2. These AI's have no incentive to give humans access to the button. To the AI's, they have a magic button, that might or might not magically press its self. The AI's have a lot of utility bet on that button. Is that button going to end up in a high security vault, surrounded by sensors and no humans. Both AI's would like that very much. The AI's have 0 concern about human's pressing the button. But the AI's have lots of concern about humans hiding the button. This design Really wants to know if the button magically presses itself. Humans could cut the wires, could stand between the button and the camera, etc. 

Suppose these 3 scenarios are judged as equally likely.

A) Button pressed. U_1=U_2=0

B) Button not pressed. U_1=U_2=0

C) AI gets control of button. U_1=6, U_2=-6


Suppose both agents agree that in option C, they should press the button. (this is the only 1 bit of influence they have in this toy problem)

Then agent 1 has a "certainty" of B. E(U_1|not pressed)=E(U_1|B)=0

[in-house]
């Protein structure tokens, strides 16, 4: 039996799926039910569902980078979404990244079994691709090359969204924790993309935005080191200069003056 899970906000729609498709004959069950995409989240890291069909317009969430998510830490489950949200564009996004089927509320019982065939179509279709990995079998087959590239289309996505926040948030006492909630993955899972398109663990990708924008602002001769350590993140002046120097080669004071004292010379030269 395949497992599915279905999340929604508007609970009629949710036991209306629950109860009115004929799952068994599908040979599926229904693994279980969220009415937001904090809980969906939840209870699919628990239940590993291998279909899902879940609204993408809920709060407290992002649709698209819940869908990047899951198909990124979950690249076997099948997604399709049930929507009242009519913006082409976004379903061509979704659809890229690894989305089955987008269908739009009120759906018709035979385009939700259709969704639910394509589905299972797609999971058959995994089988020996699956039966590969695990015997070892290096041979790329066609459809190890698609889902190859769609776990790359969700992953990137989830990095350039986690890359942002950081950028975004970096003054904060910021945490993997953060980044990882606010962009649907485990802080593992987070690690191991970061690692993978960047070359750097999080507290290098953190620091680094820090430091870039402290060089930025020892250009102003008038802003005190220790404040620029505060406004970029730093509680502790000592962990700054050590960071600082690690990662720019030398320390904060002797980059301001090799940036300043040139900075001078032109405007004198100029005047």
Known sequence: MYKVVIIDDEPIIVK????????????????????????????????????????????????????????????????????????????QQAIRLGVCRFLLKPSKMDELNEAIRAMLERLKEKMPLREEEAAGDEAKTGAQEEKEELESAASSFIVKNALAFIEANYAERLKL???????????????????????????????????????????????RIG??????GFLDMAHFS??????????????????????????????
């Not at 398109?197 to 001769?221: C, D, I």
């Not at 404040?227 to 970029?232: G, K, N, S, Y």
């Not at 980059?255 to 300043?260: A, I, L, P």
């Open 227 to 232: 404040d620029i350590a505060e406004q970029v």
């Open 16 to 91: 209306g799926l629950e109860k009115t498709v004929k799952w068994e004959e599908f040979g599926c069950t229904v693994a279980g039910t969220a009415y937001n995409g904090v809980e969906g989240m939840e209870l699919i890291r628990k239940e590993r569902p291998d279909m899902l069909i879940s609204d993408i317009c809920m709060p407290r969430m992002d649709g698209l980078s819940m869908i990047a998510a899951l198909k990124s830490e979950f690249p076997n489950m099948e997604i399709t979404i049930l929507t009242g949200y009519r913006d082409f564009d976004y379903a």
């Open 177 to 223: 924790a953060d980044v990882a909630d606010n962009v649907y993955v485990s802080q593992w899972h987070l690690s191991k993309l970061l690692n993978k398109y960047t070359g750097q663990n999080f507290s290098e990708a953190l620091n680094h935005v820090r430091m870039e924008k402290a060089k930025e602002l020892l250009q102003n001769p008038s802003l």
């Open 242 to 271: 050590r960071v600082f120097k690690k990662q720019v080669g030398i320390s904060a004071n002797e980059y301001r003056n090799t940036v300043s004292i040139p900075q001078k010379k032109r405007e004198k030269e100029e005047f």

Agent 2 has remaining uncertainty E(U_2|pressed)=1/2(E(U_2|A)+E(U_2|C))=1/2(0+-6)=-3


Change it around, make AI decide not to press the button in case C, and 

E(U_1|not pressed)=3, E(U_2|pressed)=0.

Third claim: because both subagents act-as-though the button state is not causally downstream of anything else in the universe, the agent will not attempt to manipulate the button state.

I disagree. 

Suppose there is a paperclip lottery, if the AI wins, it gets loads of clips, and it becomes harder to shut down.

The AI has been entered by someone else, not playing isn't an option. 

Both subagents imagine a plan to make sure that, if they win, the button isn't pressed.

To the paperclip AI, this is a good deal. The conditional expectation acts as a sort of average of all scenarios where the button isn't pressed. And this scenario has more clips than most, so increases the average.

For the shutdown AI, this is an unusually bad scenario, and taking it out of their expectation also increases conditional expected utility. 

So both subagents agree on a plan that conditionally manipulates the button.

Take  this set contains exponentially many points. Is there Any function  such that all exponentially many xor combos can be found by a linear probe? 

This is a question of pure maths, it involves no neural networks. And I think it would be highly informative.